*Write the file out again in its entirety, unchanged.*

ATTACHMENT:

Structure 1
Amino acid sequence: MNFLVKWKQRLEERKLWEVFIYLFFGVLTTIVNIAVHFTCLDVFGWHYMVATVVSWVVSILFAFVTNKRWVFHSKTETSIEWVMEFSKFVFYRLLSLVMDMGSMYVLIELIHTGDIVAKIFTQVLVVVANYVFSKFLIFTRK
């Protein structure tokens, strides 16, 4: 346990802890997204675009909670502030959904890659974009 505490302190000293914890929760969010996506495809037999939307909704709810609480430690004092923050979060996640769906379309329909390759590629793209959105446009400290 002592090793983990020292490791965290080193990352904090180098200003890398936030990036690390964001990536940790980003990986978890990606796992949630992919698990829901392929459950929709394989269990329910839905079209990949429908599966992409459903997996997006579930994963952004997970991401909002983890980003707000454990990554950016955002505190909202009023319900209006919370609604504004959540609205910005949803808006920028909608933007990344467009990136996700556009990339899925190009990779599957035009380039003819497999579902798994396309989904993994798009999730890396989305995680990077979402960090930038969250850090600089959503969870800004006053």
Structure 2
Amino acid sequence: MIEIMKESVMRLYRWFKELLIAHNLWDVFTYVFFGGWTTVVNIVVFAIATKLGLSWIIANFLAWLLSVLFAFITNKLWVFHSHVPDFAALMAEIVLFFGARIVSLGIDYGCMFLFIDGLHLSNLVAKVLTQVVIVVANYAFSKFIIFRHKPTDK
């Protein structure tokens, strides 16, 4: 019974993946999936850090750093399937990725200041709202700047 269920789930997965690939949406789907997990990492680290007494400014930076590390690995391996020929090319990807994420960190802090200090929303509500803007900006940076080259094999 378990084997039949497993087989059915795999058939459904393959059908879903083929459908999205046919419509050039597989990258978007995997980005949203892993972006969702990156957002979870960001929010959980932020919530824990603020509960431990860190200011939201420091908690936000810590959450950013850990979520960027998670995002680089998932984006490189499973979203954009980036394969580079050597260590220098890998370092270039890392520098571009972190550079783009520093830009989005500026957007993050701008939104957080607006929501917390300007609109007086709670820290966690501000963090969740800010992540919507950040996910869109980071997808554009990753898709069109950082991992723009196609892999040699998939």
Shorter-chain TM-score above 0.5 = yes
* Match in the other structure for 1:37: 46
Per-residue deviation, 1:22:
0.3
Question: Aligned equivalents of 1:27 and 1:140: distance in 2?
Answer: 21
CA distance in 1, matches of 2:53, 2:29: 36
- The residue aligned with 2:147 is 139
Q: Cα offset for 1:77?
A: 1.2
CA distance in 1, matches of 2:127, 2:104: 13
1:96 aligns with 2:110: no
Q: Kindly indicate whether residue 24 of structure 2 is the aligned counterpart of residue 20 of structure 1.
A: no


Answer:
Structure 1
Amino acid sequence: MNFLVKWKQRLEERKLWEVFIYLFFGVLTTIVNIAVHFTCLDVFGWHYMVATVVSWVVSILFAFVTNKRWVFHSKTETSIEWVMEFSKFVFYRLLSLVMDMGSMYVLIELIHTGDIVAKIFTQVLVVVANYVFSKFLIFTRK
């Protein structure tokens, strides 16, 4: 346990802890997204675009909670502030959904890659974009 505490302190000293914890929760969010996506495809037999939307909704709810609480430690004092923050979060996640769906379309329909390759590629793209959105446009400290 002592090793983990020292490791965290080193990352904090180098200003890398936030990036690390964001990536940790980003990986978890990606796992949630992919698990829901392929459950929709394989269990329910839905079209990949429908599966992409459903997996997006579930994963952004997970991401909002983890980003707000454990990554950016955002505190909202009023319900209006919370609604504004959540609205910005949803808006920028909608933007990344467009990136996700556009990339899925190009990779599957035009380039003819497999579902798994396309989904993994798009999730890396989305995680990077979402960090930038969250850090600089959503969870800004006053």
Structure 2
Amino acid sequence: MIEIMKESVMRLYRWFKELLIAHNLWDVFTYVFFGGWTTVVNIVVFAIATKLGLSWIIANFLAWLLSVLFAFITNKLWVFHSHVPDFAALMAEIVLFFGARIVSLGIDYGCMFLFIDGLHLSNLVAKVLTQVVIVVANYAFSKFIIFRHKPTDK
């Protein structure tokens, strides 16, 4: 019974993946999936850090750093399937990725200041709202700047 269920789930997965690939949406789907997990990492680290007494400014930076590390690995391996020929090319990807994420960190802090200090929303509500803007900006940076080259094999 378990084997039949497993087989059915795999058939459904393959059908879903083929459908999205046919419509050039597989990258978007995997980005949203892993972006969702990156957002979870960001929010959980932020919530824990603020509960431990860190200011939201420091908690936000810590959450950013850990979520960027998670995002680089998932984006490189499973979203954009980036394969580079050597260590220098890998370092270039890392520098571009972190550079783009520093830009989005500026957007993050701008939104957080607006929501917390300007609109007086709670820290966690501000963090969740800010992540919507950040996910869109980071997808554009990753898709069109950082991992723009196609892999040699998939």
Shorter-chain TM-score above 0.5 = yes
* Match in the other structure for 1:37: 46
Per-residue deviation, 1:22:
0.3
Question: Aligned equivalents of 1:27 and 1:140: distance in 2?
Answer: 21
CA distance in 1, matches of 2:53, 2:29: 36
- The residue aligned with 2:147 is 139
Q: Cα offset for 1:77?
A: 1.2
CA distance in 1, matches of 2:127, 2:104: 13
1:96 aligns with 2:110: no
Q: Kindly indicate whether residue 24 of structure 2 is the aligned counterpart of residue 20 of structure 1.
A: no